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In The Halls (Demo)

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1 In The Halls (Demo) on Fri Jan 27, 2017 11:11 pm

OOC: There are no stats and few rules, outside the basic ones. You are each in the government, in a position of some control, tempered by the other players. You have to decide what to do, and how to do it. The intention of this 'demo' is to showcase what a truly political game, with no real stats, would function as. I have decided to pull a slice of one of my books, The Primes, for the initial issue.

An emergency session has been called.  The brilliant scientist, Dr. Albrecht, has informed the council that he has developed a new form of energy that could utterly replace the nation's current dependence upon fossil fuels, coal, and the like.  How to deal with this is, of course, at the purview of the government.

This new form of energy, which he has dubbed AW Energy, is small, portable, clean, cheap, and easy to produce. It would utterly destroy multiple industries and likely leave many jobless, nevermind the opposition it would face from the financial sector. It could also, probably, be utilized to create weapons of previously unheard of power.


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2 Re: In The Halls (Demo) on Fri Jan 27, 2017 11:23 pm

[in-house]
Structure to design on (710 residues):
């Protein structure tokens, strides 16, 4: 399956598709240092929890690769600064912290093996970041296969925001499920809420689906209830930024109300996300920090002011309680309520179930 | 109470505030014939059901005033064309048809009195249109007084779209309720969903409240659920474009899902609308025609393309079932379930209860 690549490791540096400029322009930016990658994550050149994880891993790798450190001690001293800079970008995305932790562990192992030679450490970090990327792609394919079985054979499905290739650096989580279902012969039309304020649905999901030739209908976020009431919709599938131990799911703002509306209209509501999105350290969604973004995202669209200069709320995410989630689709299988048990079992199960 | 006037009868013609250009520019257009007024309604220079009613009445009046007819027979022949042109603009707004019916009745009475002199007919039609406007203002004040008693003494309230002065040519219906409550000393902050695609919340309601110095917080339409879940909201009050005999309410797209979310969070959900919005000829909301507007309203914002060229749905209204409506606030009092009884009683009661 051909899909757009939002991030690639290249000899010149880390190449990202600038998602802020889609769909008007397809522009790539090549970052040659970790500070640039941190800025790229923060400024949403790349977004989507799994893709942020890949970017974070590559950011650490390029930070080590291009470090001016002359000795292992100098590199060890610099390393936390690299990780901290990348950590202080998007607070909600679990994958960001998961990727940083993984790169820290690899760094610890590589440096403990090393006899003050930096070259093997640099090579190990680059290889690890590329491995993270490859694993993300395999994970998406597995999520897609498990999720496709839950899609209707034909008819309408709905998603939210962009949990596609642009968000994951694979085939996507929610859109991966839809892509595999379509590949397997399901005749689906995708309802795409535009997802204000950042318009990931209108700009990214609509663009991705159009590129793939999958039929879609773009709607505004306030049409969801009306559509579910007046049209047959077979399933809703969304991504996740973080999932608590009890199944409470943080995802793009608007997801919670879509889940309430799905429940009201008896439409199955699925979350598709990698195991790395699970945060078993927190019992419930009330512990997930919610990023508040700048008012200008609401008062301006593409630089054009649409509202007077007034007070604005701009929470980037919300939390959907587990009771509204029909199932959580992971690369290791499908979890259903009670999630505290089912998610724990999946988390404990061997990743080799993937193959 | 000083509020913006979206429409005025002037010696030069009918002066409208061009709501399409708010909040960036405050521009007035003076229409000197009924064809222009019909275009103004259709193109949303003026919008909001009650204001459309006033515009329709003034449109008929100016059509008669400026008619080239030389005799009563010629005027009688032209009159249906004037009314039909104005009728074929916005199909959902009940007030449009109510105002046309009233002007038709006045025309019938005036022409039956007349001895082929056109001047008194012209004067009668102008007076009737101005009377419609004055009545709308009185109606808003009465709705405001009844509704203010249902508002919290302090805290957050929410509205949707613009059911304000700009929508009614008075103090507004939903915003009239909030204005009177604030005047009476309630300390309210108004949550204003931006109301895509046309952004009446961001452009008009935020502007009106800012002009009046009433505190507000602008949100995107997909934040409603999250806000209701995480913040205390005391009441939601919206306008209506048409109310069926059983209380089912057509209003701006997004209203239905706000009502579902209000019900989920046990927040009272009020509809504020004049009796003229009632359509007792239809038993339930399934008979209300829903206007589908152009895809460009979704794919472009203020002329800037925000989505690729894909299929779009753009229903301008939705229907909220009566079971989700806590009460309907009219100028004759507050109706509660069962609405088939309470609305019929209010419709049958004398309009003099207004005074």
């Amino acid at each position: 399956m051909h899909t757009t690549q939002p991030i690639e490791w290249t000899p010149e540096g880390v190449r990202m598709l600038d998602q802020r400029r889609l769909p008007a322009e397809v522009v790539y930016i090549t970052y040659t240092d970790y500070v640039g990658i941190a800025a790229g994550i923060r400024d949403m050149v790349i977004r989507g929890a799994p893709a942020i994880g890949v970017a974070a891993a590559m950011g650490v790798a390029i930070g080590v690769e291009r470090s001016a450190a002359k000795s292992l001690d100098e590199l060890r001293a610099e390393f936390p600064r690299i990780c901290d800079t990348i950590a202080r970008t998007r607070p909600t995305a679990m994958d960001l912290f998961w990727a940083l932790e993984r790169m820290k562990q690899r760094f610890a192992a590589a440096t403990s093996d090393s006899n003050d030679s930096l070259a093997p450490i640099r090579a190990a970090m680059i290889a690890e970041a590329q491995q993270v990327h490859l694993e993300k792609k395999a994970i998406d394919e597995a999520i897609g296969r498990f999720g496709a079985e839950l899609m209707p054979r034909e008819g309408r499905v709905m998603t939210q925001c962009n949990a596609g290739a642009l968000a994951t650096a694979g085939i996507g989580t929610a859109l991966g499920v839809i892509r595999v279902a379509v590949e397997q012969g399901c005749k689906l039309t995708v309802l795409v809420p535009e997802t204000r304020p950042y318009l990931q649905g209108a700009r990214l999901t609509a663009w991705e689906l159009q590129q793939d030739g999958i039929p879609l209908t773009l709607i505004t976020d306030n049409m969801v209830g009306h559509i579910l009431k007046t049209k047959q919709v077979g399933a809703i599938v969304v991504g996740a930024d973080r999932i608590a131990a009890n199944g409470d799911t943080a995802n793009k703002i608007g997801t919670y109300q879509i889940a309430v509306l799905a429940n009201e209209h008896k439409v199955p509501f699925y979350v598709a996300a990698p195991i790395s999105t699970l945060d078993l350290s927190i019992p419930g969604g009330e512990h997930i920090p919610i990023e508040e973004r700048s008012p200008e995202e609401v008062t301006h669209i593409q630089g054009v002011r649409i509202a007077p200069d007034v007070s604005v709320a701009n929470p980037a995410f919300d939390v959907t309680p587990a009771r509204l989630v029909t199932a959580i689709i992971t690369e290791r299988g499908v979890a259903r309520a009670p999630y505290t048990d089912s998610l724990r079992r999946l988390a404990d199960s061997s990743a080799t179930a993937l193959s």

OOC: Okay, I'm going to be the moderate Senator who is open to new ideas but is wary of the costs.

IC: Gentlemen, this proposal seems interesting but how much do we know about this new technology. Since this AW energy can be weaponized, what safety precautions have we taken in order to keep this under wraps?

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3 Re: In The Halls (Demo) on Fri Jan 27, 2017 11:41 pm

No technology can be hidden, and progress is always universal. However, destructive potential is easier to fulfil than positive; it took 9 years after Hiroshima and Nagasaki to build a civilian nuclear power plant.

Therefore, we should announce the existence of this new energy, so as to start with transformation of the economy, but production should start slowly, until we produce a defensive application of AWE so as to protect against its use as a weapon.

OOC: I will be a technocrat.